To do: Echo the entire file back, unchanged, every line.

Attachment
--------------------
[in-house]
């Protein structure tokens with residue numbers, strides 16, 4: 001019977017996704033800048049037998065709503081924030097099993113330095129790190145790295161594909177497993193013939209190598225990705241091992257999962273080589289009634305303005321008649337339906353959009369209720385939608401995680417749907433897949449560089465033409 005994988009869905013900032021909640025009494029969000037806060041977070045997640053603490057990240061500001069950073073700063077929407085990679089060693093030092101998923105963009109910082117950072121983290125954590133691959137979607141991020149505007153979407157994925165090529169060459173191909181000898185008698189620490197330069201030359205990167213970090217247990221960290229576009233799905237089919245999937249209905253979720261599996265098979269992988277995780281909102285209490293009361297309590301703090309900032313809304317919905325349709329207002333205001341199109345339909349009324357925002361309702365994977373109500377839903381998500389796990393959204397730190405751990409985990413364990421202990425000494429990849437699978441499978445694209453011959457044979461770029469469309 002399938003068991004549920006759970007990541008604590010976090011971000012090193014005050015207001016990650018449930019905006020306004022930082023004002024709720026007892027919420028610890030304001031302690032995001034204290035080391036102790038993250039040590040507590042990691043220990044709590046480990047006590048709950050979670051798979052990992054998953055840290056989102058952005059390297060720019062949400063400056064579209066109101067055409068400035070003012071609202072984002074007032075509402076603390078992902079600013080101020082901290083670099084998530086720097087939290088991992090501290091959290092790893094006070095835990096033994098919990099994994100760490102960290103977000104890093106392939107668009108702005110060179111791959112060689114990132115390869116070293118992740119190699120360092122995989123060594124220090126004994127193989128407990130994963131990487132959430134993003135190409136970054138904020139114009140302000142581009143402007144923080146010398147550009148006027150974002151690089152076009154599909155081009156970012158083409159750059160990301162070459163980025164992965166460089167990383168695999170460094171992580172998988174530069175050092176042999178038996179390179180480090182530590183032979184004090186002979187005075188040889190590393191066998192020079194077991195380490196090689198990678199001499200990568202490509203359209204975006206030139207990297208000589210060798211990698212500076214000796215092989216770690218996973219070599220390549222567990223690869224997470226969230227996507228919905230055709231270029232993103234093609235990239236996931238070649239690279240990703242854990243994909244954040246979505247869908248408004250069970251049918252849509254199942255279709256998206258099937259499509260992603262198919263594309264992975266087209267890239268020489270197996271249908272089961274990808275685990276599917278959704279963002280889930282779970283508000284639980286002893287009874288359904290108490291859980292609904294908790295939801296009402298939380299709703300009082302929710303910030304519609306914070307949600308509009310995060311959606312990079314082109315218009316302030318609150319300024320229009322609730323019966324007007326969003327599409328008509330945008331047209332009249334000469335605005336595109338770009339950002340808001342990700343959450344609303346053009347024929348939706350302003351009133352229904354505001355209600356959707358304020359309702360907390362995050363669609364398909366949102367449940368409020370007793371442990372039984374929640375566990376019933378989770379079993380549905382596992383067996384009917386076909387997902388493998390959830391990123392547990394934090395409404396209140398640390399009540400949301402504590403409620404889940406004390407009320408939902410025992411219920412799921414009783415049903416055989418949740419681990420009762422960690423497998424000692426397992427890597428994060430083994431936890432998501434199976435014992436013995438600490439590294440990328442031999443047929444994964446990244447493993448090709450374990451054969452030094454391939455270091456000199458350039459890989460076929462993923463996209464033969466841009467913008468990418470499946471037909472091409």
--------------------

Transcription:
[in-house]
């Protein structure tokens with residue numbers, strides 16, 4: 001019977017996704033800048049037998065709503081924030097099993113330095129790190145790295161594909177497993193013939209190598225990705241091992257999962273080589289009634305303005321008649337339906353959009369209720385939608401995680417749907433897949449560089465033409 005994988009869905013900032021909640025009494029969000037806060041977070045997640053603490057990240061500001069950073073700063077929407085990679089060693093030092101998923105963009109910082117950072121983290125954590133691959137979607141991020149505007153979407157994925165090529169060459173191909181000898185008698189620490197330069201030359205990167213970090217247990221960290229576009233799905237089919245999937249209905253979720261599996265098979269992988277995780281909102285209490293009361297309590301703090309900032313809304317919905325349709329207002333205001341199109345339909349009324357925002361309702365994977373109500377839903381998500389796990393959204397730190405751990409985990413364990421202990425000494429990849437699978441499978445694209453011959457044979461770029469469309 002399938003068991004549920006759970007990541008604590010976090011971000012090193014005050015207001016990650018449930019905006020306004022930082023004002024709720026007892027919420028610890030304001031302690032995001034204290035080391036102790038993250039040590040507590042990691043220990044709590046480990047006590048709950050979670051798979052990992054998953055840290056989102058952005059390297060720019062949400063400056064579209066109101067055409068400035070003012071609202072984002074007032075509402076603390078992902079600013080101020082901290083670099084998530086720097087939290088991992090501290091959290092790893094006070095835990096033994098919990099994994100760490102960290103977000104890093106392939107668009108702005110060179111791959112060689114990132115390869116070293118992740119190699120360092122995989123060594124220090126004994127193989128407990130994963131990487132959430134993003135190409136970054138904020139114009140302000142581009143402007144923080146010398147550009148006027150974002151690089152076009154599909155081009156970012158083409159750059160990301162070459163980025164992965166460089167990383168695999170460094171992580172998988174530069175050092176042999178038996179390179180480090182530590183032979184004090186002979187005075188040889190590393191066998192020079194077991195380490196090689198990678199001499200990568202490509203359209204975006206030139207990297208000589210060798211990698212500076214000796215092989216770690218996973219070599220390549222567990223690869224997470226969230227996507228919905230055709231270029232993103234093609235990239236996931238070649239690279240990703242854990243994909244954040246979505247869908248408004250069970251049918252849509254199942255279709256998206258099937259499509260992603262198919263594309264992975266087209267890239268020489270197996271249908272089961274990808275685990276599917278959704279963002280889930282779970283508000284639980286002893287009874288359904290108490291859980292609904294908790295939801296009402298939380299709703300009082302929710303910030304519609306914070307949600308509009310995060311959606312990079314082109315218009316302030318609150319300024320229009322609730323019966324007007326969003327599409328008509330945008331047209332009249334000469335605005336595109338770009339950002340808001342990700343959450344609303346053009347024929348939706350302003351009133352229904354505001355209600356959707358304020359309702360907390362995050363669609364398909366949102367449940368409020370007793371442990372039984374929640375566990376019933378989770379079993380549905382596992383067996384009917386076909387997902388493998390959830391990123392547990394934090395409404396209140398640390399009540400949301402504590403409620404889940406004390407009320408939902410025992411219920412799921414009783415049903416055989418949740419681990420009762422960690423497998424000692426397992427890597428994060430083994431936890432998501434199976435014992436013995438600490439590294440990328442031999443047929444994964446990244447493993448090709450374990451054969452030094454391939455270091456000199458350039459890989460076929462993923463996209464033969466841009467913008468990418470499946471037909472091409």